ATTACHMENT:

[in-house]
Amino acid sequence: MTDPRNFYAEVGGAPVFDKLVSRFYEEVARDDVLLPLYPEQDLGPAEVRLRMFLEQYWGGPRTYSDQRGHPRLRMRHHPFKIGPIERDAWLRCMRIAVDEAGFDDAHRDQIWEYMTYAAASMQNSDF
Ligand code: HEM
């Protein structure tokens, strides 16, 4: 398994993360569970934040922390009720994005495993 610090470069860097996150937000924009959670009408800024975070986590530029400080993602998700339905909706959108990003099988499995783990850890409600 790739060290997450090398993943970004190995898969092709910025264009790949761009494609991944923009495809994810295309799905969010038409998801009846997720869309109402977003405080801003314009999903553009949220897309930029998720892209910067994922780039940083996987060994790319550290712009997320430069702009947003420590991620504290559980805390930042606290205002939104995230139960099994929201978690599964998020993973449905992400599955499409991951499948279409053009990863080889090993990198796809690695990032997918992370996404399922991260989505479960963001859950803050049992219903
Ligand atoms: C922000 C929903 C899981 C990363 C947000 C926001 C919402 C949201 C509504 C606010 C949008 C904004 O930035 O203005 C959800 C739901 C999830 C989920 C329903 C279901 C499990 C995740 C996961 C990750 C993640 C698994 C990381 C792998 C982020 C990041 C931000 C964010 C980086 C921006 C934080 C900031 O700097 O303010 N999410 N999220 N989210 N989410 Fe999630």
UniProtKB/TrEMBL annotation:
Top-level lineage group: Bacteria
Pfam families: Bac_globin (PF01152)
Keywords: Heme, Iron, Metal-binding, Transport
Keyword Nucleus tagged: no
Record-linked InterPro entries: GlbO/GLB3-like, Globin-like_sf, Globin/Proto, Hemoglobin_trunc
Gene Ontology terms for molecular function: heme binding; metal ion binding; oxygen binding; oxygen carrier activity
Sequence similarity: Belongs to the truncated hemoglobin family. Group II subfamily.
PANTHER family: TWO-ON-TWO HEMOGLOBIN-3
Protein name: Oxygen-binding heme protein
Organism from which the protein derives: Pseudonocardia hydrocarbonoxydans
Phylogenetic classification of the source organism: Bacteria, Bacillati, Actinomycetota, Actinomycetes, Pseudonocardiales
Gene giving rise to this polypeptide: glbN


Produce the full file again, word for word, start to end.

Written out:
[in-house]
Amino acid sequence: MTDPRNFYAEVGGAPVFDKLVSRFYEEVARDDVLLPLYPEQDLGPAEVRLRMFLEQYWGGPRTYSDQRGHPRLRMRHHPFKIGPIERDAWLRCMRIAVDEAGFDDAHRDQIWEYMTYAAASMQNSDF
Ligand code: HEM
């Protein structure tokens, strides 16, 4: 398994993360569970934040922390009720994005495993 610090470069860097996150937000924009959670009408800024975070986590530029400080993602998700339905909706959108990003099988499995783990850890409600 790739060290997450090398993943970004190995898969092709910025264009790949761009494609991944923009495809994810295309799905969010038409998801009846997720869309109402977003405080801003314009999903553009949220897309930029998720892209910067994922780039940083996987060994790319550290712009997320430069702009947003420590991620504290559980805390930042606290205002939104995230139960099994929201978690599964998020993973449905992400599955499409991951499948279409053009990863080889090993990198796809690695990032997918992370996404399922991260989505479960963001859950803050049992219903
Ligand atoms: C922000 C929903 C899981 C990363 C947000 C926001 C919402 C949201 C509504 C606010 C949008 C904004 O930035 O203005 C959800 C739901 C999830 C989920 C329903 C279901 C499990 C995740 C996961 C990750 C993640 C698994 C990381 C792998 C982020 C990041 C931000 C964010 C980086 C921006 C934080 C900031 O700097 O303010 N999410 N999220 N989210 N989410 Fe999630």
UniProtKB/TrEMBL annotation:
Top-level lineage group: Bacteria
Pfam families: Bac_globin (PF01152)
Keywords: Heme, Iron, Metal-binding, Transport
Keyword Nucleus tagged: no
Record-linked InterPro entries: GlbO/GLB3-like, Globin-like_sf, Globin/Proto, Hemoglobin_trunc
Gene Ontology terms for molecular function: heme binding; metal ion binding; oxygen binding; oxygen carrier activity
Sequence similarity: Belongs to the truncated hemoglobin family. Group II subfamily.
PANTHER family: TWO-ON-TWO HEMOGLOBIN-3
Protein name: Oxygen-binding heme protein
Organism from which the protein derives: Pseudonocardia hydrocarbonoxydans
Phylogenetic classification of the source organism: Bacteria, Bacillati, Actinomycetota, Actinomycetes, Pseudonocardiales
Gene giving rise to this polypeptide: glbN